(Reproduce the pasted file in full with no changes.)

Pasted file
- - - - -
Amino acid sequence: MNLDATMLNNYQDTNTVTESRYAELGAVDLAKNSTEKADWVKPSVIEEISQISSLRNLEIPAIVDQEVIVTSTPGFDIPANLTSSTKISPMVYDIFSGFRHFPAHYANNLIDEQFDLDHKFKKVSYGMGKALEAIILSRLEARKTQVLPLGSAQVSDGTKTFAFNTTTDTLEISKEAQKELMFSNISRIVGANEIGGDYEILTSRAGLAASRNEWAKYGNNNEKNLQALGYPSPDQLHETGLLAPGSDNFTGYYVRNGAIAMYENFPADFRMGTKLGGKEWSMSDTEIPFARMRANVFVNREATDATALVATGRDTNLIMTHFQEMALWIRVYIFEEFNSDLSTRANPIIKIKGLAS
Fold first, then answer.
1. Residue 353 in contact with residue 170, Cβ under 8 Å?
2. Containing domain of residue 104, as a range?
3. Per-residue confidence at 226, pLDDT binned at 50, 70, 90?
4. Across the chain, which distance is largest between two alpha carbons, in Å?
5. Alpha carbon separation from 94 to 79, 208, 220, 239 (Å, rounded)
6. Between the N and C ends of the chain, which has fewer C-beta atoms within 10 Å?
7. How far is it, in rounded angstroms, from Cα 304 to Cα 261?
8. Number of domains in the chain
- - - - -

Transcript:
Amino acid sequence: MNLDATMLNNYQDTNTVTESRYAELGAVDLAKNSTEKADWVKPSVIEEISQISSLRNLEIPAIVDQEVIVTSTPGFDIPANLTSSTKISPMVYDIFSGFRHFPAHYANNLIDEQFDLDHKFKKVSYGMGKALEAIILSRLEARKTQVLPLGSAQVSDGTKTFAFNTTTDTLEISKEAQKELMFSNISRIVGANEIGGDYEILTSRAGLAASRNEWAKYGNNNEKNLQALGYPSPDQLHETGLLAPGSDNFTGYYVRNGAIAMYENFPADFRMGTKLGGKEWSMSDTEIPFARMRANVFVNREATDATALVATGRDTNLIMTHFQEMALWIRVYIFEEFNSDLSTRANPIIKIKGLAS
Fold first, then answer.
1. Residue 353 in contact with residue 170, Cβ under 8 Å?
2. Containing domain of residue 104, as a range?
3. Per-residue confidence at 226, pLDDT binned at 50, 70, 90?
4. Across the chain, which distance is largest between two alpha carbons, in Å?
5. Alpha carbon separation from 94 to 79, 208, 220, 239 (Å, rounded)
6. Between the N and C ends of the chain, which has fewer C-beta atoms within 10 Å?
7. How far is it, in rounded angstroms, from Cα 304 to Cα 261?
8. Number of domains in the chain